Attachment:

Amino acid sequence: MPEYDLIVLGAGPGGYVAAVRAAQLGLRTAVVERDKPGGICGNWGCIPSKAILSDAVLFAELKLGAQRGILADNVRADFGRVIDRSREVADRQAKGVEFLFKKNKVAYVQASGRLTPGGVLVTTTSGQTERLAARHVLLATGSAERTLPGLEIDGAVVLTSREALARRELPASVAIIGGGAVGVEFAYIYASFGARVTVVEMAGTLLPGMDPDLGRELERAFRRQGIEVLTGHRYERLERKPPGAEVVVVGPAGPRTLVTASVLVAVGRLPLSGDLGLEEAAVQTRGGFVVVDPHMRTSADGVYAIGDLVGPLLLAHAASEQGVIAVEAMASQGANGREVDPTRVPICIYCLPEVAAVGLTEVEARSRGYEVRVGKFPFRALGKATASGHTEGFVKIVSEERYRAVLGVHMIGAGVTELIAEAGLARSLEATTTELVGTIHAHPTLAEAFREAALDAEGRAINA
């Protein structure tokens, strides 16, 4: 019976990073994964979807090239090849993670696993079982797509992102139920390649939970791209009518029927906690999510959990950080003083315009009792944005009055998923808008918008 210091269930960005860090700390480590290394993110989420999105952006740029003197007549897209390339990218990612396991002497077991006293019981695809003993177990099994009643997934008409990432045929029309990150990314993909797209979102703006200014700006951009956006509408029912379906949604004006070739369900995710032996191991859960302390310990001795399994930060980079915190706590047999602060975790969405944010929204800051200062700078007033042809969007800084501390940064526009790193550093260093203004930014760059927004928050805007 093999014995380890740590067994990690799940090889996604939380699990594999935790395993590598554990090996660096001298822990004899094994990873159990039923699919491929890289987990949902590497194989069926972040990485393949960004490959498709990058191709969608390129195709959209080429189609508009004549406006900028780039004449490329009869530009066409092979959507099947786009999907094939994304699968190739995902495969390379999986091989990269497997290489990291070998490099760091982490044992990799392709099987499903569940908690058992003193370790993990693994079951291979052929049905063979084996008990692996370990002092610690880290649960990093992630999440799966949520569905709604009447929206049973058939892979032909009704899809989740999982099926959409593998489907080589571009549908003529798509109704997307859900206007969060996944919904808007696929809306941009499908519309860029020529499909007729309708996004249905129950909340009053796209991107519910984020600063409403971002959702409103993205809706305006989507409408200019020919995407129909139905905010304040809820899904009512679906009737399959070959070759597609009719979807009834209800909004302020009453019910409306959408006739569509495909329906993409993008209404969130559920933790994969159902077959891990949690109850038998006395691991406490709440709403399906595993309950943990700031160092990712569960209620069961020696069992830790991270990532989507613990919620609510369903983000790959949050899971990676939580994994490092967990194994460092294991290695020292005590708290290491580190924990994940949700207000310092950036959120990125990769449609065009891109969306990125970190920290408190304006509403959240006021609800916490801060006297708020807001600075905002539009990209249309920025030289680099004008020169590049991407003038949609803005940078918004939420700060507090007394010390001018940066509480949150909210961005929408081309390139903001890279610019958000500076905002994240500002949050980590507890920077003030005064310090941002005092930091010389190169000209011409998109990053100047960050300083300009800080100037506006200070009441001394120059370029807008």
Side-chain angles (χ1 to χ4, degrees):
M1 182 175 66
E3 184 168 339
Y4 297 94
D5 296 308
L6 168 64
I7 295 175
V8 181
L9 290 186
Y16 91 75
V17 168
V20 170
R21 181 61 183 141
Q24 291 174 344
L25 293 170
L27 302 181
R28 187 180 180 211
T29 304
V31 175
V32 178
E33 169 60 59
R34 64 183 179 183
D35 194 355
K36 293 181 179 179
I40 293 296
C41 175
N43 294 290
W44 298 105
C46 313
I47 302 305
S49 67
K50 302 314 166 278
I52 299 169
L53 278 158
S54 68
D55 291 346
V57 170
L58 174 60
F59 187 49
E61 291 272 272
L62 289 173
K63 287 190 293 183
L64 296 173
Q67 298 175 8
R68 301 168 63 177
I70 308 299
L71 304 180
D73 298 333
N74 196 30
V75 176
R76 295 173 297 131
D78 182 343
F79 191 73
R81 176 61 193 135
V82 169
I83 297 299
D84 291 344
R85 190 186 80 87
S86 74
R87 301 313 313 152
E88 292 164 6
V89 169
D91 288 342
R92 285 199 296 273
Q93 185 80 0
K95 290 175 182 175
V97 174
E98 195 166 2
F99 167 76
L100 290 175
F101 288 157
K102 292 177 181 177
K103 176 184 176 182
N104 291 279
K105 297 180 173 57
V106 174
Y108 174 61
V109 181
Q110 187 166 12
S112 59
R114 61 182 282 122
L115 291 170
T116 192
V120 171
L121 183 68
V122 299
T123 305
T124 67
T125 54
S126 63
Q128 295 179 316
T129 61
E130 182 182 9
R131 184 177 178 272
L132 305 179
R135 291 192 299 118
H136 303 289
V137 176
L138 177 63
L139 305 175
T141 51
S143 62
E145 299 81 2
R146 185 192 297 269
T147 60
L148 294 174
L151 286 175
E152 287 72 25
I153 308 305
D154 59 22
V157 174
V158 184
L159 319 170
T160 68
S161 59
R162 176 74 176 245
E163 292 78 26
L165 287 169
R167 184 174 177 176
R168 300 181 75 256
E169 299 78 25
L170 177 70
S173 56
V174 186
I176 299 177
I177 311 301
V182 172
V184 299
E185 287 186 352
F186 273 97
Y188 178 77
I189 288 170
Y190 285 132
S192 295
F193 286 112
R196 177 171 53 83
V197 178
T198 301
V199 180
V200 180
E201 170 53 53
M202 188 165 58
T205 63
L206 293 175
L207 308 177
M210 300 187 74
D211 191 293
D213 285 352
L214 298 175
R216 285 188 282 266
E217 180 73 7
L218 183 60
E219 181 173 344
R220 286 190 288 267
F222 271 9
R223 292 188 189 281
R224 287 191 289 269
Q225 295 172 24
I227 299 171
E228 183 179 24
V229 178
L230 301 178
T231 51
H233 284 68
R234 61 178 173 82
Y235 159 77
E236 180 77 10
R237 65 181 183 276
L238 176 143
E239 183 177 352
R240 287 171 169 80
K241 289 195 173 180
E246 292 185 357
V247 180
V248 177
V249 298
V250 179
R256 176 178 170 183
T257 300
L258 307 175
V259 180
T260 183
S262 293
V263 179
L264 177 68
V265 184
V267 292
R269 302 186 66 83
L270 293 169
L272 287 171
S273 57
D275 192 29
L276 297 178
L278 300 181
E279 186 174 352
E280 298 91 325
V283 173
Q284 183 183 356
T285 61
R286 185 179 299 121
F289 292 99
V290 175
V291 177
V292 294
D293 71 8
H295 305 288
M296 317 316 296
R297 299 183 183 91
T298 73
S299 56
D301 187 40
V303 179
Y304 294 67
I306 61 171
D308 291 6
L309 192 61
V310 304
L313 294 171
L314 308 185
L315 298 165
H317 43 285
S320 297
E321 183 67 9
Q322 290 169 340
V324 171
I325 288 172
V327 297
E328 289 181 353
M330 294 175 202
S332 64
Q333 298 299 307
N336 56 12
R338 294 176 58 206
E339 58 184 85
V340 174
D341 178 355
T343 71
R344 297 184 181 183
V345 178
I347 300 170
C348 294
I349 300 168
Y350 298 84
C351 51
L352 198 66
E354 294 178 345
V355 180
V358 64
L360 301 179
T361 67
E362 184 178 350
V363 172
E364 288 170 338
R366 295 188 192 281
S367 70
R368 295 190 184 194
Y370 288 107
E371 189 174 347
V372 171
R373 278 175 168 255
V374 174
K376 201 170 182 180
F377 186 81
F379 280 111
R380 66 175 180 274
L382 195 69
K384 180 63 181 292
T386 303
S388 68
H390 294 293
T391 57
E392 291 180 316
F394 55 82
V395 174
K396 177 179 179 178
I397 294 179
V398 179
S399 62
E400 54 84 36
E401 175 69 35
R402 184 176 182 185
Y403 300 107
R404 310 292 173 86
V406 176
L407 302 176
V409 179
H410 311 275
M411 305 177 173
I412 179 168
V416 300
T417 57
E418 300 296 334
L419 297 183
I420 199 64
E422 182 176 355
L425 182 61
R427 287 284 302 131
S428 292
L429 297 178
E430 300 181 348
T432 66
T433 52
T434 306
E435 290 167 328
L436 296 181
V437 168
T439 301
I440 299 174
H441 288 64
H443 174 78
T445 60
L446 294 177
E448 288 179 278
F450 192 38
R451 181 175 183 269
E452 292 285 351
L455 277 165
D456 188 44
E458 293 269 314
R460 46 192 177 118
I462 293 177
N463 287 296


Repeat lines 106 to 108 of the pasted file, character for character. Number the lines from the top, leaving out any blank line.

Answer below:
R146 185 192 297 269
T147 60
L148 294 174